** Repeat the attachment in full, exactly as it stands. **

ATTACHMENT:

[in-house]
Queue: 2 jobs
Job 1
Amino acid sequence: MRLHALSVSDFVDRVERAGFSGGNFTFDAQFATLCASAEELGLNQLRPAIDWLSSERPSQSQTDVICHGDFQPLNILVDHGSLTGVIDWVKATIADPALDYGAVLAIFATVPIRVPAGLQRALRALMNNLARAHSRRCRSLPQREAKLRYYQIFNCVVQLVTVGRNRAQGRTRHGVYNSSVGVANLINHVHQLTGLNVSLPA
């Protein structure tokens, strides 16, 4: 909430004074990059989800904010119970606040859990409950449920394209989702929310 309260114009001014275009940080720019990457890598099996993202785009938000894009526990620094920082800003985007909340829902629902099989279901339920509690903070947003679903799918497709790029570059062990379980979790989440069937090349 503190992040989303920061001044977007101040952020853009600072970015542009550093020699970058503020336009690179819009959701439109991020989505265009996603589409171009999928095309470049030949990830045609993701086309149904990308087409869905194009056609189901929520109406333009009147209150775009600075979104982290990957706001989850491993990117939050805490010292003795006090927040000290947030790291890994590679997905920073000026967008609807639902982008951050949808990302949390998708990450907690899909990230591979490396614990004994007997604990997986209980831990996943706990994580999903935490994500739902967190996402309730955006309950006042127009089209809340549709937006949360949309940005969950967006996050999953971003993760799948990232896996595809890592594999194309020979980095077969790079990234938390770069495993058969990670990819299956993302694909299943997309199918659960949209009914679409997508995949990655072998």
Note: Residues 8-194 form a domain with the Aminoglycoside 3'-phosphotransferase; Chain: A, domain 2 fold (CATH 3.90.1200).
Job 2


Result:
[in-house]
Queue: 2 jobs
Job 1
Amino acid sequence: MRLHALSVSDFVDRVERAGFSGGNFTFDAQFATLCASAEELGLNQLRPAIDWLSSERPSQSQTDVICHGDFQPLNILVDHGSLTGVIDWVKATIADPALDYGAVLAIFATVPIRVPAGLQRALRALMNNLARAHSRRCRSLPQREAKLRYYQIFNCVVQLVTVGRNRAQGRTRHGVYNSSVGVANLINHVHQLTGLNVSLPA
């Protein structure tokens, strides 16, 4: 909430004074990059989800904010119970606040859990409950449920394209989702929310 309260114009001014275009940080720019990457890598099996993202785009938000894009526990620094920082800003985007909340829902629902099989279901339920509690903070947003679903799918497709790029570059062990379980979790989440069937090349 503190992040989303920061001044977007101040952020853009600072970015542009550093020699970058503020336009690179819009959701439109991020989505265009996603589409171009999928095309470049030949990830045609993701086309149904990308087409869905194009056609189901929520109406333009009147209150775009600075979104982290990957706001989850491993990117939050805490010292003795006090927040000290947030790291890994590679997905920073000026967008609807639902982008951050949808990302949390998708990450907690899909990230591979490396614990004994007997604990997986209980831990996943706990994580999903935490994500739902967190996402309730955006309950006042127009089209809340549709937006949360949309940005969950967006996050999953971003993760799948990232896996595809890592594999194309020979980095077969790079990234938390770069495993058969990670990819299956993302694909299943997309199918659960949209009914679409997508995949990655072998």
Note: Residues 8-194 form a domain with the Aminoglycoside 3'-phosphotransferase; Chain: A, domain 2 fold (CATH 3.90.1200).
Job 2